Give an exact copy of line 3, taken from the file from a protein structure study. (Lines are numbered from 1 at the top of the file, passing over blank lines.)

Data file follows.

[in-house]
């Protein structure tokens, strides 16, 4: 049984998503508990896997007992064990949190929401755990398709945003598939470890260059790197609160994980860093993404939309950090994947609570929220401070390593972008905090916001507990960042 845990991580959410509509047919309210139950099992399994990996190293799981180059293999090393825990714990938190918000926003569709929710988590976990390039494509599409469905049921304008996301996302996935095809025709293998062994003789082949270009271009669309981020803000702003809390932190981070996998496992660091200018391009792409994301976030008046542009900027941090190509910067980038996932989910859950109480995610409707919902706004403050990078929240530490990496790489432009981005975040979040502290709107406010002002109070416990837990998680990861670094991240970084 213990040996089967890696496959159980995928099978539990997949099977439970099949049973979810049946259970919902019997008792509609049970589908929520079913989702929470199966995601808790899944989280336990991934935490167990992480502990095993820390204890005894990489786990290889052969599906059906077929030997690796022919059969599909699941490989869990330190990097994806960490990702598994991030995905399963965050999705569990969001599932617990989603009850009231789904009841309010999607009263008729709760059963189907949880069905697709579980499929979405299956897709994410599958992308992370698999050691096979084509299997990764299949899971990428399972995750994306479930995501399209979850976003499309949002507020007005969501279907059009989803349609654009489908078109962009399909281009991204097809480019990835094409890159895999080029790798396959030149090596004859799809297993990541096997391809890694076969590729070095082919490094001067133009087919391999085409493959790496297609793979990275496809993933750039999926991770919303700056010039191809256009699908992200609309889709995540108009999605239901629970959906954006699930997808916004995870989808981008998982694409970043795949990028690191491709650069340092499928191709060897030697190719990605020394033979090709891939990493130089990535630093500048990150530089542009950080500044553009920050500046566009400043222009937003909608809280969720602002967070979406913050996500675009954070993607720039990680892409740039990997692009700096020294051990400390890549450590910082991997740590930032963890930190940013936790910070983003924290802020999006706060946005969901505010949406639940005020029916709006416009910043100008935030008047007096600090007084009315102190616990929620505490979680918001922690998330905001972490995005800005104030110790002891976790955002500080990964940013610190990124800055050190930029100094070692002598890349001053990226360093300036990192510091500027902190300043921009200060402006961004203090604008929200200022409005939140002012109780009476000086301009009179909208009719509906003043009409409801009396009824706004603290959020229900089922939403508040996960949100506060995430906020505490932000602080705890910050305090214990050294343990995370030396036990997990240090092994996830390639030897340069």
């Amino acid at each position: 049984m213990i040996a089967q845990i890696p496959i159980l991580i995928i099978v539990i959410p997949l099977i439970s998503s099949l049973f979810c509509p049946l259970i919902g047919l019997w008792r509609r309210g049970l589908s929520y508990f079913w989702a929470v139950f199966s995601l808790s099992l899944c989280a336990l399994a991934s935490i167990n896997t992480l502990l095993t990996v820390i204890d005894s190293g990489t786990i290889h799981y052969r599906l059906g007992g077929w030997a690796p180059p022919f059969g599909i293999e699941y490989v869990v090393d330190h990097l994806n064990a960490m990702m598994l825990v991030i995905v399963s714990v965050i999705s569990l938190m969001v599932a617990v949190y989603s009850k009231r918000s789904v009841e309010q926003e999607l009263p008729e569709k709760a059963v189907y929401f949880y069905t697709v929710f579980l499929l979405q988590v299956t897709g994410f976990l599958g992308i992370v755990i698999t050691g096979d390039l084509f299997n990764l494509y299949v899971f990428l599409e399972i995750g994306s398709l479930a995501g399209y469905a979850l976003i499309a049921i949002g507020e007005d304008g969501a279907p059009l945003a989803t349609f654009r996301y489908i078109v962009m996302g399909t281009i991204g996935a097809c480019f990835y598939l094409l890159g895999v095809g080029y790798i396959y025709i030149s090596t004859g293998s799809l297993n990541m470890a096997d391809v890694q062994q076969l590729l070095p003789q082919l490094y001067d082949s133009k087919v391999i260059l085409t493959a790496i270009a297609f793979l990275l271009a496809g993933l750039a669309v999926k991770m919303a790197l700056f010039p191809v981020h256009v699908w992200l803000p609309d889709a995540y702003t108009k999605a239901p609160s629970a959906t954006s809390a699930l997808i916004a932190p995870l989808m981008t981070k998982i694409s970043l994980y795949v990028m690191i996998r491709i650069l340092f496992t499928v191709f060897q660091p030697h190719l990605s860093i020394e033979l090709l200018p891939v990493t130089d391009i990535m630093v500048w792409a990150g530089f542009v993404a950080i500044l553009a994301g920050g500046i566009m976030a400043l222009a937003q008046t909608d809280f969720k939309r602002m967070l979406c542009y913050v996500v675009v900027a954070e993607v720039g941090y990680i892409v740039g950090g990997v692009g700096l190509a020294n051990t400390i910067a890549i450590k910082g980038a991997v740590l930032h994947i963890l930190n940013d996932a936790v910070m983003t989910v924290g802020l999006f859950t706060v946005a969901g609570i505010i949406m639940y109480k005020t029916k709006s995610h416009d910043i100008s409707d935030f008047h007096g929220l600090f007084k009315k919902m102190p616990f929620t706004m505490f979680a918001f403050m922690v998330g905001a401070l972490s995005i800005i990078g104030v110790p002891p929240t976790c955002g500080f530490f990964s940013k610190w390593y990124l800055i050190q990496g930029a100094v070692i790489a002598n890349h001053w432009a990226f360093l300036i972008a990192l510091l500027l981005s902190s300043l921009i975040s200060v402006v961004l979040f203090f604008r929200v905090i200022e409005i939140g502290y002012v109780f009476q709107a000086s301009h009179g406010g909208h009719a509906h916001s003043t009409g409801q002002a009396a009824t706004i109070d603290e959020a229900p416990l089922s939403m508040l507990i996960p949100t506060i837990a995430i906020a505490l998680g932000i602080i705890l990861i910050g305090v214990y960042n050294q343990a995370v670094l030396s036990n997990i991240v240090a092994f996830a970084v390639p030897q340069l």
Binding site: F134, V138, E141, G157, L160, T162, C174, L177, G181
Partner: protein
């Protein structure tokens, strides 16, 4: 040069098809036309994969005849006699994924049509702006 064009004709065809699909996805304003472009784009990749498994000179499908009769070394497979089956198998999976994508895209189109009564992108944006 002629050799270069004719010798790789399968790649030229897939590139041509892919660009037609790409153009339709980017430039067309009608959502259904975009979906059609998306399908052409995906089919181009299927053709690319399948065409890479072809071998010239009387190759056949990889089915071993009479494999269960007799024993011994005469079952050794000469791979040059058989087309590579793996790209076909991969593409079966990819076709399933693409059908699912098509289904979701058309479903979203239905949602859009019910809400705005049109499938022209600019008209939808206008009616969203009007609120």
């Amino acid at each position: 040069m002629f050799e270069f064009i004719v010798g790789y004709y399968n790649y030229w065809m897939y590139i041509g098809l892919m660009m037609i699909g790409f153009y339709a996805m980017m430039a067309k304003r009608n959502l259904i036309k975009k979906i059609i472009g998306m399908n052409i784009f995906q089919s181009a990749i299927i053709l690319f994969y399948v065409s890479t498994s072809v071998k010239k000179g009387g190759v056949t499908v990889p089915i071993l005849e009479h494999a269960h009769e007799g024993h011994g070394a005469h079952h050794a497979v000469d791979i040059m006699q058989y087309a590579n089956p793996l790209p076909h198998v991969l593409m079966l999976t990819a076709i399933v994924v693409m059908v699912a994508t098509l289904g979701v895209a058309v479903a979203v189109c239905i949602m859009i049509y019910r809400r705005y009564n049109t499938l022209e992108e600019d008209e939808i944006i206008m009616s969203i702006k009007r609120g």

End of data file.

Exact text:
């Amino acid at each position: 049984m213990i040996a089967q845990i890696p496959i159980l991580i995928i099978v539990i959410p997949l099977i439970s998503s099949l049973f979810c509509p049946l259970i919902g047919l019997w008792r509609r309210g049970l589908s929520y508990f079913w989702a929470v139950f199966s995601l808790s099992l899944c989280a336990l399994a991934s935490i167990n896997t992480l502990l095993t990996v820390i204890d005894s190293g990489t786990i290889h799981y052969r599906l059906g007992g077929w030997a690796p180059p022919f059969g599909i293999e699941y490989v869990v090393d330190h990097l994806n064990a960490m990702m598994l825990v991030i995905v399963s714990v965050i999705s569990l938190m969001v599932a617990v949190y989603s009850k009231r918000s789904v009841e309010q926003e999607l009263p008729e569709k709760a059963v189907y929401f949880y069905t697709v929710f579980l499929l979405q988590v299956t897709g994410f976990l599958g992308i992370v755990i698999t050691g096979d390039l084509f299997n990764l494509y299949v899971f990428l599409e399972i995750g994306s398709l479930a995501g399209y469905a979850l976003i499309a049921i949002g507020e007005d304008g969501a279907p059009l945003a989803t349609f654009r996301y489908i078109v962009m996302g399909t281009i991204g996935a097809c480019f990835y598939l094409l890159g895999v095809g080029y790798i396959y025709i030149s090596t004859g293998s799809l297993n990541m470890a096997d391809v890694q062994q076969l590729l070095p003789q082919l490094y001067d082949s133009k087919v391999i260059l085409t493959a790496i270009a297609f793979l990275l271009a496809g993933l750039a669309v999926k991770m919303a790197l700056f010039p191809v981020h256009v699908w992200l803000p609309d889709a995540y702003t108009k999605a239901p609160s629970a959906t954006s809390a699930l997808i916004a932190p995870l989808m981008t981070k998982i694409s970043l994980y795949v990028m690191i996998r491709i650069l340092f496992t499928v191709f060897q660091p030697h190719l990605s860093i020394e033979l090709l200018p891939v990493t130089d391009i990535m630093v500048w792409a990150g530089f542009v993404a950080i500044l553009a994301g920050g500046i566009m976030a400043l222009a937003q008046t909608d809280f969720k939309r602002m967070l979406c542009y913050v996500v675009v900027a954070e993607v720039g941090y990680i892409v740039g950090g990997v692009g700096l190509a020294n051990t400390i910067a890549i450590k910082g980038a991997v740590l930032h994947i963890l930190n940013d996932a936790v910070m983003t989910v924290g802020l999006f859950t706060v946005a969901g609570i505010i949406m639940y109480k005020t029916k709006s995610h416009d910043i100008s409707d935030f008047h007096g929220l600090f007084k009315k919902m102190p616990f929620t706004m505490f979680a918001f403050m922690v998330g905001a401070l972490s995005i800005i990078g104030v110790p002891p929240t976790c955002g500080f530490f990964s940013k610190w390593y990124l800055i050190q990496g930029a100094v070692i790489a002598n890349h001053w432009a990226f360093l300036i972008a990192l510091l500027l981005s902190s300043l921009i975040s200060v402006v961004l979040f203090f604008r929200v905090i200022e409005i939140g502290y002012v109780f009476q709107a000086s301009h009179g406010g909208h009719a509906h916001s003043t009409g409801q002002a009396a009824t706004i109070d603290e959020a229900p416990l089922s939403m508040l507990i996960p949100t506060i837990a995430i906020a505490l998680g932000i602080i705890l990861i910050g305090v214990y960042n050294q343990a995370v670094l030396s036990n997990i991240v240090a092994f996830a970084v390639p030897q340069l």